London-headquartered investment fund GLIL Infrastructure has invested £150 million (US$206.48 million) into Flexion Energy, a “modern utility company and energy storage infrastructure specialist” which is aiming to build 1GW of energy storage in the UK over five years.
Formed by Dan Taylor and Hassen Bali as a joint venture (JV) with ion Ventures, a renewables and cleantech development and advisory company of which the pair are co-founders, Flexion is intending to develop, build, own and manage UK energy storage systems, with this new investment to enable it to construct and make operational an initial established pipeline of 300MW of grid-connected battery storage systems within the next 24 months.
Its focus will be on large-scale batteries connected to and serving the electricity grid for the entire 1GW, with Flexion being technology agnostic. It is therefore to take advantage of the continuing development of battery technology and innovation, according to Taylor and Bali, who have both been in the clean energy financing space for more than 10 years each. Between them their track record includes the development of over 200MW of energy storage assets, including the first Tesla grid-scale storage system in Europe.
Ion Ventures will provide development, operational and asset management services to Flexion as it develops this pipeline. Describing Flexion as bridging the gap between the development and financing of energy storage sites, Taylor and Bali said: “Public markets are already playing a big role in funding energy storage infrastructure, but the sector remains underserved and Flexion is seeking to address this.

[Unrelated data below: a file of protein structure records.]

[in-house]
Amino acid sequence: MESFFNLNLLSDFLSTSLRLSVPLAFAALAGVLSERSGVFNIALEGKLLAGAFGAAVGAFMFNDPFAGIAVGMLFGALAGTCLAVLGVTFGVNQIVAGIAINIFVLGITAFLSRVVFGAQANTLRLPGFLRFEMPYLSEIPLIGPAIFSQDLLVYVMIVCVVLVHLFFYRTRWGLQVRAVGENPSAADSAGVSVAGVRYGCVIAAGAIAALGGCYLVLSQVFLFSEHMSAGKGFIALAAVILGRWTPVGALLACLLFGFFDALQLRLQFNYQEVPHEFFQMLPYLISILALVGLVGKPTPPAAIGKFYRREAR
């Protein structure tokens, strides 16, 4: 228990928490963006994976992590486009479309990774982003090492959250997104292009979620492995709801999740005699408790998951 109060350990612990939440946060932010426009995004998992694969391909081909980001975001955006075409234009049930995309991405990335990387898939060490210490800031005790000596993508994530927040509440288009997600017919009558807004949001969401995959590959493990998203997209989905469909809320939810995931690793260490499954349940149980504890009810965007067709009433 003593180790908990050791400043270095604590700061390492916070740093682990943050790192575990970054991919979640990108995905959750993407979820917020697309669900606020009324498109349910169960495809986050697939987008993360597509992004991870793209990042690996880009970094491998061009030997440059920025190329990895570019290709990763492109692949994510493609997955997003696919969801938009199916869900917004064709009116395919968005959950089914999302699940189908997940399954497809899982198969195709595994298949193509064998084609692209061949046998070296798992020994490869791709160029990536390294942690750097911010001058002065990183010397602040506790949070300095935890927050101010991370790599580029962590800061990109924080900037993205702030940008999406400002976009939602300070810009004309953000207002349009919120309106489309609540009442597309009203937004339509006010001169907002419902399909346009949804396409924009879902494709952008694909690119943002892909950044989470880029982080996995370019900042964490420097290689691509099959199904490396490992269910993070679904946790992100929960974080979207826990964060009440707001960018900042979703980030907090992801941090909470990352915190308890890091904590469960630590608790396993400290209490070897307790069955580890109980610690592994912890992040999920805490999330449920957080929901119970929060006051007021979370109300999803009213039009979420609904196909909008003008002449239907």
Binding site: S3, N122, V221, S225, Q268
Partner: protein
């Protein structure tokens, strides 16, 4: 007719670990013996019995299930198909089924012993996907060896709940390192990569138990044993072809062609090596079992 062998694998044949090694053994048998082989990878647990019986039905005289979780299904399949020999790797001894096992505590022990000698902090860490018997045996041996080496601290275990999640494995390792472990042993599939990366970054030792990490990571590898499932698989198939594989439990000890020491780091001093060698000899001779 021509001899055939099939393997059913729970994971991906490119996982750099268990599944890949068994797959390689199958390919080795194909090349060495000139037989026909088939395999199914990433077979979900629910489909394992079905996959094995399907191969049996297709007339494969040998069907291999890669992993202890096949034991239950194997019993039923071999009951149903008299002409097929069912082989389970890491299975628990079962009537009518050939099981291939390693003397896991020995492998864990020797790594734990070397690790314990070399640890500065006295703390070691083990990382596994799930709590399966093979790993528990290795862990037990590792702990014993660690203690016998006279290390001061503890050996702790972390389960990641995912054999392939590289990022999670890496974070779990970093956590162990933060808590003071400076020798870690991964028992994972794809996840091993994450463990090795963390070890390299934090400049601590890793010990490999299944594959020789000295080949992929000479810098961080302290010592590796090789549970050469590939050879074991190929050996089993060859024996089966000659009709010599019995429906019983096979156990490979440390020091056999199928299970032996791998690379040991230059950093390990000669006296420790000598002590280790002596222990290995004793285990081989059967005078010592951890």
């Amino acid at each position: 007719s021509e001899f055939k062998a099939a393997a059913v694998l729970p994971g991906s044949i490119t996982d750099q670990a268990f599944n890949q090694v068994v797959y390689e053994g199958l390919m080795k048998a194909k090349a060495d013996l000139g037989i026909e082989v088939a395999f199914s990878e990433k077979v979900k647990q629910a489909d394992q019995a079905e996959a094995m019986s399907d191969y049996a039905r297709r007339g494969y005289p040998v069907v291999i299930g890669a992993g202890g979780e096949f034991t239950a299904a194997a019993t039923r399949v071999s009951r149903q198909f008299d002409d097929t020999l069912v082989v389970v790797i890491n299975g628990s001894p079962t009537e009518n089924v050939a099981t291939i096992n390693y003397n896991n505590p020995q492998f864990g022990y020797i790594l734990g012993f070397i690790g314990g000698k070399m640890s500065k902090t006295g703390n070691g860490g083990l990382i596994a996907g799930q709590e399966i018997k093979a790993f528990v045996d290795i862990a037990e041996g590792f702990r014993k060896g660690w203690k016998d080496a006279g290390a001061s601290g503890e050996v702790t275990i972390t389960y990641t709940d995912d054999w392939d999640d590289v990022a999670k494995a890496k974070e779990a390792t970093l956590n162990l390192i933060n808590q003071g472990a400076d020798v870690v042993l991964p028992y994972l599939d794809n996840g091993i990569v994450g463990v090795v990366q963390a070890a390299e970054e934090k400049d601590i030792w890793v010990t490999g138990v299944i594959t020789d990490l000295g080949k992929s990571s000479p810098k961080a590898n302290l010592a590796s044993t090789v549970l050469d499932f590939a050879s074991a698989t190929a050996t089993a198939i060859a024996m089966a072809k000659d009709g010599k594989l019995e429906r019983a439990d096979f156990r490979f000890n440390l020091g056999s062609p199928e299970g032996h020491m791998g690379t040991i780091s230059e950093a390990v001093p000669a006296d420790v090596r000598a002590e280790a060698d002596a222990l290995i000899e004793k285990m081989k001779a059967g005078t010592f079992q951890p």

Meanwhile, the investment from GLIL is the eleventh the £2.5 billion infrastructure fund has made. Most recently, it acquired UK energy infrastructure provider Smart Meter Assets. Its other investments include equity stakes in Anglian Water, Clyde Windfarm, Forth Ports and two fleets of trains with Rock Rail among others.
The fund is backed by Local Pensions Partnership and Northern LGPS, and in April it was appointed as an infrastructure investment partner for government-established workplace pension provider Nest.
This story first appeared on Current±.